ESCAMBIA COUNTY, Fla. (WKRG) — Whitney Burdick’s dogs, Buddy and Stiel, never leave her side. But after they became unusually attached to her, she knew something was off.

“They were so clingy,” Burdick said. “It was on top of me all the time, under my feet all the time. Wherever I was there they were. After a while I figured I need to get checked out, somethings not right.”

Burdick said she noticed a lump in her breast and didn’t think anything of it. But because of her dogs, a Dalmatian Pyrenees mix and a Labrador Great Dane mix, she made an appointment with her nurse practitioner anyway.

After an ultrasound, mammogram and biopsy, she got a diagnosis no one wants to hear. On Nov. 18, 2022, she was told she had breast cancer.  

“We were pretty upset that first weekend,” Burdick said. “We were very caught off guard. Shocked, because my family is healthy.”

Burdick went through a double mastectomy, had lymph nodes removed, a hysterectomy and a 12-week regime of chemotherapy. Yet she took on all of those procedures with a fearless attitude.

“You get the news; you deal with it, and life goes on, so you have to,” Burdick said.

She has been cancer-free since the mastectomy in January.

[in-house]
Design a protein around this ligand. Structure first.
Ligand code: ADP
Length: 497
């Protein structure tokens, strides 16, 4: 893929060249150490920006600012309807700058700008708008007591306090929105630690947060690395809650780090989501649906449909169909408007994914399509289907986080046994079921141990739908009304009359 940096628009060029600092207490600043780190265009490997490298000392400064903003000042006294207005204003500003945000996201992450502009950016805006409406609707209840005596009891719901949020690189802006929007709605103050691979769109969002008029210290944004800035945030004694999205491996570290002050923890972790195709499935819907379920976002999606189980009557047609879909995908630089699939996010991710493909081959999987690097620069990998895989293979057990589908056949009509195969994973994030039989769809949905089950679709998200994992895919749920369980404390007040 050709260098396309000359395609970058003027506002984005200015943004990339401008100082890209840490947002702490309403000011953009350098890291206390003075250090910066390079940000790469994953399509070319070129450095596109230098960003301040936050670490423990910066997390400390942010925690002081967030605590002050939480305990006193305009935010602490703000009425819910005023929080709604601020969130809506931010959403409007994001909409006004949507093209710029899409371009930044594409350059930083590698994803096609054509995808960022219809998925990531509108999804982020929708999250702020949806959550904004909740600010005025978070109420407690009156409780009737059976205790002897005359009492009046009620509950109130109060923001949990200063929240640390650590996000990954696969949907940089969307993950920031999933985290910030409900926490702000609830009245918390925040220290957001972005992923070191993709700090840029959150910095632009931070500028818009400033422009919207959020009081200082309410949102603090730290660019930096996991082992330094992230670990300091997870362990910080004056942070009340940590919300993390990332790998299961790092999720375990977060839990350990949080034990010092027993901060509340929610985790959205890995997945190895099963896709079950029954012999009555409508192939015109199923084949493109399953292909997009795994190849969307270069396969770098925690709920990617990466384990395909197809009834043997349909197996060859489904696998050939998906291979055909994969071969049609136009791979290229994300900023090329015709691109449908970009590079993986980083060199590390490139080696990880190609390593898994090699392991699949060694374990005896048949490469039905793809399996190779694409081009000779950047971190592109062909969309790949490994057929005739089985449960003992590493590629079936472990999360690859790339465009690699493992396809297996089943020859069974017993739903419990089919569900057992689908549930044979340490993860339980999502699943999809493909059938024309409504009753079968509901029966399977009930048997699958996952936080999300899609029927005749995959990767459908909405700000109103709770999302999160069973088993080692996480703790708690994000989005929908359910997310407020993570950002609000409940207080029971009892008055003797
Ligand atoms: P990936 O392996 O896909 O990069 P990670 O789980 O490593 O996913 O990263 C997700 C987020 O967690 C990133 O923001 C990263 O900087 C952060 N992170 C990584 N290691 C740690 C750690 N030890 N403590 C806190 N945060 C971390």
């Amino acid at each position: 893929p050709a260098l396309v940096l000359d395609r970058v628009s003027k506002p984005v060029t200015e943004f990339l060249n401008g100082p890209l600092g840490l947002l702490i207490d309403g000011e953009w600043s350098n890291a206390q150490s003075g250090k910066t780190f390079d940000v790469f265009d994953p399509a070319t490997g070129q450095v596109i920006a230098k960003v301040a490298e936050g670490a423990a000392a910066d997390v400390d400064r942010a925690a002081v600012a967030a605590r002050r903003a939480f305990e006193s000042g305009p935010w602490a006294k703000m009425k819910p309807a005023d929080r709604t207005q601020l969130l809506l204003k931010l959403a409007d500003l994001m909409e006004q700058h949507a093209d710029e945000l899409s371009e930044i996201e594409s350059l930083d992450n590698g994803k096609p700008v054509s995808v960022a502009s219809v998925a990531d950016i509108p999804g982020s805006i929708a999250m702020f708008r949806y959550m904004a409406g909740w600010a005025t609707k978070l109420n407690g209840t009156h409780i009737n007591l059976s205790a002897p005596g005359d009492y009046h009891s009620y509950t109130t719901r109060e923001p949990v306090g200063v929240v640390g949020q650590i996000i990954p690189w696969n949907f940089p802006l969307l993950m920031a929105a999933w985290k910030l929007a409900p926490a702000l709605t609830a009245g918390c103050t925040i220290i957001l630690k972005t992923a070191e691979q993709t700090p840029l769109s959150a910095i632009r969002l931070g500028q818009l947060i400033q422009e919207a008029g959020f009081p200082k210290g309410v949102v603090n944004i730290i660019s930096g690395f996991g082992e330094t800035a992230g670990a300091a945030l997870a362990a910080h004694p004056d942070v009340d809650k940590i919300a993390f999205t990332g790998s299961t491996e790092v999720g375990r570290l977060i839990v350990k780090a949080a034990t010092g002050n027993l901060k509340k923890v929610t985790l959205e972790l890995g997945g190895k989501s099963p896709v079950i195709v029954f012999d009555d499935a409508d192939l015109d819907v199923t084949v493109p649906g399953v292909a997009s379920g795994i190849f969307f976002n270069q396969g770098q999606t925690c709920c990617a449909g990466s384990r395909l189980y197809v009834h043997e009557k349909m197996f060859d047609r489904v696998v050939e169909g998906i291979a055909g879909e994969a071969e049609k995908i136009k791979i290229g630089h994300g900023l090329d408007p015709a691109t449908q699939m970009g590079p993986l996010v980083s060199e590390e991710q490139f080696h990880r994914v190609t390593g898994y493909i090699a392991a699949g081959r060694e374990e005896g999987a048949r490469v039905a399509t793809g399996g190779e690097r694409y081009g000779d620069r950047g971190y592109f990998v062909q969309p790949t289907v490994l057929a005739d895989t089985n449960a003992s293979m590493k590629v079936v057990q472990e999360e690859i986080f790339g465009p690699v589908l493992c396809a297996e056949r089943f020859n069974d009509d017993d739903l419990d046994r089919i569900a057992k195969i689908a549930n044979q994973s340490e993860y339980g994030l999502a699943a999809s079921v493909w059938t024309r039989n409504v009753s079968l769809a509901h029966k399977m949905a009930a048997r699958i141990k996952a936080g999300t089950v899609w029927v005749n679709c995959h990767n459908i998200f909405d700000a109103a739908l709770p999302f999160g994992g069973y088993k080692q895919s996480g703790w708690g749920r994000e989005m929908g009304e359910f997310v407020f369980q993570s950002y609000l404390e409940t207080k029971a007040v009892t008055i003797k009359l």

For Burdick’s nurse practitioner, Christina Senesac, it’s a story she’s never seen before in a patient, but not one that necessarily surprised her. 

“I’ve read articles and different stories that you’ll see here and there of dogs acting funny, but she’s the first one that’s actually come in and said that the dogs were acting funny with her,” Ascension Medical Group’s Christina Secesac, APRN, said. “If we pay attention to the cues, you can really see that the animals really do know.”

Burdick said this wasn’t the first time her dogs had alerted her of a medical emergency. She said Buddy alerted her of two miscarriages before doctors did.

Now, Burdick, who had no family history of cancer, is encouraging women to get checked out if they feel anything out of the ordinary. 

“Get checked out, don’t put it off,” Burdick said. “I put it off for maybe two or three months, and by the time I got checked out, I had four masses. Family history doesn’t matter all that much.”

She thanks the support system of her family, her friends and her faith for holding her hand throughout her cancer journey. And of course her dogs, Buddy and Stiel. 

“If I hadn’t paid attention to Buddy and Stiel, I don’t know where I’d be right now,” Burdick said. “I only got checked out because of them.”